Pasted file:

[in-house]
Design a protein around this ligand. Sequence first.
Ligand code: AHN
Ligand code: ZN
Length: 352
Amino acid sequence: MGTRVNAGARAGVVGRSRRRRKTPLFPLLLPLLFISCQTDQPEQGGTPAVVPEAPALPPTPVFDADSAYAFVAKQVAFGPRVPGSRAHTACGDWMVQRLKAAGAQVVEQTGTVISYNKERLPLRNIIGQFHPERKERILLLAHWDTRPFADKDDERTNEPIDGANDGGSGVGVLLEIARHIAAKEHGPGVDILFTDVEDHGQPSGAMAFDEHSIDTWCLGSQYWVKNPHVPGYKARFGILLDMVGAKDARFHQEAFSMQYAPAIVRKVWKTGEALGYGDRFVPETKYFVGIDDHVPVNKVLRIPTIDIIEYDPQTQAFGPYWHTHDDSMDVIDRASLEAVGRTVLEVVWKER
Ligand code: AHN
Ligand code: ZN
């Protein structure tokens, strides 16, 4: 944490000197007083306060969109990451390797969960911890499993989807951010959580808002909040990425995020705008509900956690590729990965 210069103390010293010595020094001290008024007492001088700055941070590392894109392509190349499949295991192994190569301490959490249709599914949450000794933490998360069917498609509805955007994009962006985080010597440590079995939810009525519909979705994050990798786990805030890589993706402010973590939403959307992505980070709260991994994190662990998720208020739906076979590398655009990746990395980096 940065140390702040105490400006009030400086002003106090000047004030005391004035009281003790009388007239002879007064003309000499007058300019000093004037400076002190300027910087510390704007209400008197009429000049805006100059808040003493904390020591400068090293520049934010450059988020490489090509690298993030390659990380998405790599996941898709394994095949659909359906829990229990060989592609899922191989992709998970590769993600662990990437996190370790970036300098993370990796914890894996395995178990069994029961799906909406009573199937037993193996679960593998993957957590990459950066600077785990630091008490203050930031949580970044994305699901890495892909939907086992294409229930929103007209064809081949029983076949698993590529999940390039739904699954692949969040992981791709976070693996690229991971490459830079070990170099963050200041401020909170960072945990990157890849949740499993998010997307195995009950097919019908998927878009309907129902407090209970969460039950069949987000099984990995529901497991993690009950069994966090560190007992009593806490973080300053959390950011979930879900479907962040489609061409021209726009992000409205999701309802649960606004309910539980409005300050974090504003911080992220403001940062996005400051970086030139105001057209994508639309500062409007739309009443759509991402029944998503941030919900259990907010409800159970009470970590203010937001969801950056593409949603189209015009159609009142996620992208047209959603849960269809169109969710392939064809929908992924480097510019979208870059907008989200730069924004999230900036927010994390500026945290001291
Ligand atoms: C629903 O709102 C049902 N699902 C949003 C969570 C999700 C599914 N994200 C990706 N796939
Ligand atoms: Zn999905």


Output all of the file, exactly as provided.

[in-house]
Design a protein around this ligand. Sequence first.
Ligand code: AHN
Ligand code: ZN
Length: 352
Amino acid sequence: MGTRVNAGARAGVVGRSRRRRKTPLFPLLLPLLFISCQTDQPEQGGTPAVVPEAPALPPTPVFDADSAYAFVAKQVAFGPRVPGSRAHTACGDWMVQRLKAAGAQVVEQTGTVISYNKERLPLRNIIGQFHPERKERILLLAHWDTRPFADKDDERTNEPIDGANDGGSGVGVLLEIARHIAAKEHGPGVDILFTDVEDHGQPSGAMAFDEHSIDTWCLGSQYWVKNPHVPGYKARFGILLDMVGAKDARFHQEAFSMQYAPAIVRKVWKTGEALGYGDRFVPETKYFVGIDDHVPVNKVLRIPTIDIIEYDPQTQAFGPYWHTHDDSMDVIDRASLEAVGRTVLEVVWKER
Ligand code: AHN
Ligand code: ZN
């Protein structure tokens, strides 16, 4: 944490000197007083306060969109990451390797969960911890499993989807951010959580808002909040990425995020705008509900956690590729990965 210069103390010293010595020094001290008024007492001088700055941070590392894109392509190349499949295991192994190569301490959490249709599914949450000794933490998360069917498609509805955007994009962006985080010597440590079995939810009525519909979705994050990798786990805030890589993706402010973590939403959307992505980070709260991994994190662990998720208020739906076979590398655009990746990395980096 940065140390702040105490400006009030400086002003106090000047004030005391004035009281003790009388007239002879007064003309000499007058300019000093004037400076002190300027910087510390704007209400008197009429000049805006100059808040003493904390020591400068090293520049934010450059988020490489090509690298993030390659990380998405790599996941898709394994095949659909359906829990229990060989592609899922191989992709998970590769993600662990990437996190370790970036300098993370990796914890894996395995178990069994029961799906909406009573199937037993193996679960593998993957957590990459950066600077785990630091008490203050930031949580970044994305699901890495892909939907086992294409229930929103007209064809081949029983076949698993590529999940390039739904699954692949969040992981791709976070693996690229991971490459830079070990170099963050200041401020909170960072945990990157890849949740499993998010997307195995009950097919019908998927878009309907129902407090209970969460039950069949987000099984990995529901497991993690009950069994966090560190007992009593806490973080300053959390950011979930879900479907962040489609061409021209726009992000409205999701309802649960606004309910539980409005300050974090504003911080992220403001940062996005400051970086030139105001057209994508639309500062409007739309009443759509991402029944998503941030919900259990907010409800159970009470970590203010937001969801950056593409949603189209015009159609009142996620992208047209959603849960269809169109969710392939064809929908992924480097510019979208870059907008989200730069924004999230900036927010994390500026945290001291
Ligand atoms: C629903 O709102 C049902 N699902 C949003 C969570 C999700 C599914 N994200 C990706 N796939
Ligand atoms: Zn999905």